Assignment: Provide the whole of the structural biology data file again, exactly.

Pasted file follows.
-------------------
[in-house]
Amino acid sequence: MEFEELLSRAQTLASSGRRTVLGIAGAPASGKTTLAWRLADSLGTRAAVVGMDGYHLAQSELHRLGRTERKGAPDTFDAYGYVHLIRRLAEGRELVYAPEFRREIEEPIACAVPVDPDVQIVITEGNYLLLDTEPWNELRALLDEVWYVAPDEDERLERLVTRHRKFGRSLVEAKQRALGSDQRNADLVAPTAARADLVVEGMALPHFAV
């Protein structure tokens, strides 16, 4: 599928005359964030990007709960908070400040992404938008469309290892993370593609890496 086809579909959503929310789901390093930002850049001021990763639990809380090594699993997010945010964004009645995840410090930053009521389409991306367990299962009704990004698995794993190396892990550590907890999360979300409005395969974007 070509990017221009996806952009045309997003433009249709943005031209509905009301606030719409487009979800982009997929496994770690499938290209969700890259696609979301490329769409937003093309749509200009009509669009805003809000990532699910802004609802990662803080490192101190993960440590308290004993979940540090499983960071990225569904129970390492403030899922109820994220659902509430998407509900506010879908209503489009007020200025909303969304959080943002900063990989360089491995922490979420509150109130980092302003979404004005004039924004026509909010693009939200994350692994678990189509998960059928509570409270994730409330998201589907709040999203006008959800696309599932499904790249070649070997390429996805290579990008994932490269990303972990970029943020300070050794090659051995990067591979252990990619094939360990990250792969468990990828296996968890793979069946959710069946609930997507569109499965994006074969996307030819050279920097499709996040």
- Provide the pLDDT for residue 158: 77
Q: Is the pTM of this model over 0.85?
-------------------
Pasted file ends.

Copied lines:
[in-house]
Amino acid sequence: MEFEELLSRAQTLASSGRRTVLGIAGAPASGKTTLAWRLADSLGTRAAVVGMDGYHLAQSELHRLGRTERKGAPDTFDAYGYVHLIRRLAEGRELVYAPEFRREIEEPIACAVPVDPDVQIVITEGNYLLLDTEPWNELRALLDEVWYVAPDEDERLERLVTRHRKFGRSLVEAKQRALGSDQRNADLVAPTAARADLVVEGMALPHFAV
């Protein structure tokens, strides 16, 4: 599928005359964030990007709960908070400040992404938008469309290892993370593609890496 086809579909959503929310789901390093930002850049001021990763639990809380090594699993997010945010964004009645995840410090930053009521389409991306367990299962009704990004698995794993190396892990550590907890999360979300409005395969974007 070509990017221009996806952009045309997003433009249709943005031209509905009301606030719409487009979800982009997929496994770690499938290209969700890259696609979301490329769409937003093309749509200009009509669009805003809000990532699910802004609802990662803080490192101190993960440590308290004993979940540090499983960071990225569904129970390492403030899922109820994220659902509430998407509900506010879908209503489009007020200025909303969304959080943002900063990989360089491995922490979420509150109130980092302003979404004005004039924004026509909010693009939200994350692994678990189509998960059928509570409270994730409330998201589907709040999203006008959800696309599932499904790249070649070997390429996805290579990008994932490269990303972990970029943020300070050794090659051995990067591979252990990619094939360990990250792969468990990828296996968890793979069946959710069946609930997507569109499965994006074969996307030819050279920097499709996040």
- Provide the pLDDT for residue 158: 77
Q: Is the pTM of this model over 0.85?